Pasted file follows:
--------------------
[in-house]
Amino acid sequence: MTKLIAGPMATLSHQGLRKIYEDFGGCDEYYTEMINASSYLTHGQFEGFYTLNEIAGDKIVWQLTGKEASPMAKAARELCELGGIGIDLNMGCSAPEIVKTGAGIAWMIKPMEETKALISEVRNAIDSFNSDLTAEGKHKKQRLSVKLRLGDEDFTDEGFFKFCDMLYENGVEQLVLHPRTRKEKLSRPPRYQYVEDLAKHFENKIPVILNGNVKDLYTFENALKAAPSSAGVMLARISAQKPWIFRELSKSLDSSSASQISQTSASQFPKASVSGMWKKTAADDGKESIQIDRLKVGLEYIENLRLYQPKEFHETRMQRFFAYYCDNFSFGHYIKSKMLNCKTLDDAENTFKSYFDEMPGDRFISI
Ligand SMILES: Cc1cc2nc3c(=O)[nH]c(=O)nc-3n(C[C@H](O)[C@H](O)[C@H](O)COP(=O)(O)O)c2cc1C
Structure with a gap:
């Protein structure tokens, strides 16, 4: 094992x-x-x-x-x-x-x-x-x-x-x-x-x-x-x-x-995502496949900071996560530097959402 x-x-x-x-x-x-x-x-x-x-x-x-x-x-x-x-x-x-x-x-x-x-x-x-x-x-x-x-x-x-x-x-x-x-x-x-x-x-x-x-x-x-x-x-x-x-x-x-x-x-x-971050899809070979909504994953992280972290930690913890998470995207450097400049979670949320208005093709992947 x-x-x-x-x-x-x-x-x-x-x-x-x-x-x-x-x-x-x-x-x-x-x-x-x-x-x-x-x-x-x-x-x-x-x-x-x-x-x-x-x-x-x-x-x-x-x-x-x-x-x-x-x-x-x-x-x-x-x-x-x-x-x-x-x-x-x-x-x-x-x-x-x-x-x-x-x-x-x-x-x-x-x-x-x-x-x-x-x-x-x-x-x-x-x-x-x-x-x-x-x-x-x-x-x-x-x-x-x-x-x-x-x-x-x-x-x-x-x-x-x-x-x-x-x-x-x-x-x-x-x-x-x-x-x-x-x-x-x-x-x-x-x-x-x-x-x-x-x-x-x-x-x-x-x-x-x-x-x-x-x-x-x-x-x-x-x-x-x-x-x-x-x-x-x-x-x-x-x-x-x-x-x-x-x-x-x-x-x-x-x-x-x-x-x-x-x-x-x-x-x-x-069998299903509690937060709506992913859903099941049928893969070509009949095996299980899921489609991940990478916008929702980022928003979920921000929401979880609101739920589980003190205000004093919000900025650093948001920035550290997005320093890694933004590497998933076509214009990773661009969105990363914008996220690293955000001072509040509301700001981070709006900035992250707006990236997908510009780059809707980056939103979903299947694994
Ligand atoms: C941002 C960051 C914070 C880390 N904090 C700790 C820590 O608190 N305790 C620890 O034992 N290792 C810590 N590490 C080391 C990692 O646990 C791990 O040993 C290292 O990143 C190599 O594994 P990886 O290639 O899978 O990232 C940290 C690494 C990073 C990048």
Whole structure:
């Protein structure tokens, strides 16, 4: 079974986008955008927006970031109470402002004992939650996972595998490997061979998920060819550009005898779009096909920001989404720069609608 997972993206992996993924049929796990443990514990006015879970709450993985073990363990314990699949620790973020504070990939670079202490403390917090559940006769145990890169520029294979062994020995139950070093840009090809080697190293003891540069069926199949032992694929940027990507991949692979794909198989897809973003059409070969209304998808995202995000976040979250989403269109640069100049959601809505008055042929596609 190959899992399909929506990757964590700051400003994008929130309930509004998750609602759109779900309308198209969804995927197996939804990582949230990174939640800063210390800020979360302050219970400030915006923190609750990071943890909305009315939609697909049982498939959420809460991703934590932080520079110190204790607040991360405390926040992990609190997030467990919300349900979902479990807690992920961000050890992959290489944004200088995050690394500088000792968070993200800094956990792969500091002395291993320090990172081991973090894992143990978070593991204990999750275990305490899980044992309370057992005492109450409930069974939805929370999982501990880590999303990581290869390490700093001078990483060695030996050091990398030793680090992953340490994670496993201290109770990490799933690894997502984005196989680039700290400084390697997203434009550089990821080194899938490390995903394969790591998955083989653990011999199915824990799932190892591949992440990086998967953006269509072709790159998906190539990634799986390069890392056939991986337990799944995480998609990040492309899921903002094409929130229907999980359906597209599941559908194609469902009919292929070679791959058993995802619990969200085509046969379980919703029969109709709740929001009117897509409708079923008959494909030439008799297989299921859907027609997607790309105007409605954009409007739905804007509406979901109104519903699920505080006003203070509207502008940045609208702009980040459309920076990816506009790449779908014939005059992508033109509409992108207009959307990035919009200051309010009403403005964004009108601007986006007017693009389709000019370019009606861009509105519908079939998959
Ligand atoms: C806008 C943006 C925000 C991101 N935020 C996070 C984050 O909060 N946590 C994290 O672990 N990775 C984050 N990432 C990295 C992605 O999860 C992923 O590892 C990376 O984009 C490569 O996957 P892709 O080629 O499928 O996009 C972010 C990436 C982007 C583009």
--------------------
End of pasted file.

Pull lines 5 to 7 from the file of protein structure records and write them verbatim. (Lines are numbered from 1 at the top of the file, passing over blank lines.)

């Protein structure tokens, strides 16, 4: 094992x-x-x-x-x-x-x-x-x-x-x-x-x-x-x-x-995502496949900071996560530097959402 x-x-x-x-x-x-x-x-x-x-x-x-x-x-x-x-x-x-x-x-x-x-x-x-x-x-x-x-x-x-x-x-x-x-x-x-x-x-x-x-x-x-x-x-x-x-x-x-x-x-x-971050899809070979909504994953992280972290930690913890998470995207450097400049979670949320208005093709992947 x-x-x-x-x-x-x-x-x-x-x-x-x-x-x-x-x-x-x-x-x-x-x-x-x-x-x-x-x-x-x-x-x-x-x-x-x-x-x-x-x-x-x-x-x-x-x-x-x-x-x-x-x-x-x-x-x-x-x-x-x-x-x-x-x-x-x-x-x-x-x-x-x-x-x-x-x-x-x-x-x-x-x-x-x-x-x-x-x-x-x-x-x-x-x-x-x-x-x-x-x-x-x-x-x-x-x-x-x-x-x-x-x-x-x-x-x-x-x-x-x-x-x-x-x-x-x-x-x-x-x-x-x-x-x-x-x-x-x-x-x-x-x-x-x-x-x-x-x-x-x-x-x-x-x-x-x-x-x-x-x-x-x-x-x-x-x-x-x-x-x-x-x-x-x-x-x-x-x-x-x-x-x-x-x-x-x-x-x-x-x-x-x-x-x-x-x-x-x-x-x-x-069998299903509690937060709506992913859903099941049928893969070509009949095996299980899921489609991940990478916008929702980022928003979920921000929401979880609101739920589980003190205000004093919000900025650093948001920035550290997005320093890694933004590497998933076509214009990773661009969105990363914008996220690293955000001072509040509301700001981070709006900035992250707006990236997908510009780059809707980056939103979903299947694994
Ligand atoms: C941002 C960051 C914070 C880390 N904090 C700790 C820590 O608190 N305790 C620890 O034992 N290792 C810590 N590490 C080391 C990692 O646990 C791990 O040993 C290292 O990143 C190599 O594994 P990886 O290639 O899978 O990232 C940290 C690494 C990073 C990048």
Whole structure: